The Michigan Press Association defended itself well in a story over Michigan House Bill 4183, which would require that public notices be published solely online. The bill was postponed on June 18 and has not been taken up since.
Crain’s Detroit Business examined the bill – and how it would affect newspapers and other media sources in the state – in a well-balanced July 5 story. Among other things, the story noted that the bill’s opponents cite “a large swath of the state without reliable Internet or cellphone service” and that “some townships and small cities, especially in rural areas, have rudimentary websites and older populations that still rely on newspapers for information.”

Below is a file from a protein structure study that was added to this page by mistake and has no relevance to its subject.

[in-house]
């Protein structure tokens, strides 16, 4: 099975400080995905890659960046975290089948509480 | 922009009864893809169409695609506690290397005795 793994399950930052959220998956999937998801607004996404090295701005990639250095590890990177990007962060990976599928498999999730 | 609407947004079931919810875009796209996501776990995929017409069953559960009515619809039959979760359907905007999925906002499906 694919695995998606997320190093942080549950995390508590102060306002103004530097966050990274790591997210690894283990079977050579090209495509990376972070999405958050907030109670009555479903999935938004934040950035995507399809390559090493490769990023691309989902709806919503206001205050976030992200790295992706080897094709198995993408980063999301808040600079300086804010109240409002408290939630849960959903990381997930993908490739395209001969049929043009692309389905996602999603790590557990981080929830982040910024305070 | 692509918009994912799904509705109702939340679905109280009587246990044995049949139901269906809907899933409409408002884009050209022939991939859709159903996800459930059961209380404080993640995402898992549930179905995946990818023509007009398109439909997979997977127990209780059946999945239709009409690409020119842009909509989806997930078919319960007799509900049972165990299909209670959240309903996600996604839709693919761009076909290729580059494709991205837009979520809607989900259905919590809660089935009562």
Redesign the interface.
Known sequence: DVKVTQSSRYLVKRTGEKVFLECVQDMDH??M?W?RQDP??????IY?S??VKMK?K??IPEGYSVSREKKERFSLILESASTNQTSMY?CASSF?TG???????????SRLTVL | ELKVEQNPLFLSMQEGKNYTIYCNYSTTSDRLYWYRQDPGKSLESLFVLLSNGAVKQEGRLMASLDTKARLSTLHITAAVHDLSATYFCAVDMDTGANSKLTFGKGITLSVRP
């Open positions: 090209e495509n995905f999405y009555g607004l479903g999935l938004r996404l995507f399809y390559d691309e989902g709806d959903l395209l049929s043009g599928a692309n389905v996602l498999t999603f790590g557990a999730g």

More importantly, perhaps, the newspaper quoted Lisa McGraw, public affairs manager for the Michigan Press Association, as saying that newspapers believe they have an advantage over TV and radio because they have a permanent record built into their business model.
McGraw told the newspaper that MPA doesn’t oppose cities and townships from hosting their own public notices, but that they shouldn’t be the only source.
“People don’t go to local government websites for news. We feel that we’re a better source for this kind of information,” McGraw said. “I just don’t think the broadcasters can do what we do because they can’t provide a print source.”
McGraw also told Crain’s Detroit Business that the revenue newspapers gain from government notices is not significant, but that it might fund a position, particularly at a smaller daily or weekly publication.
Newspapers take notice of legislative threat to revenue – Crain’s Detroit Business (7.5.2015)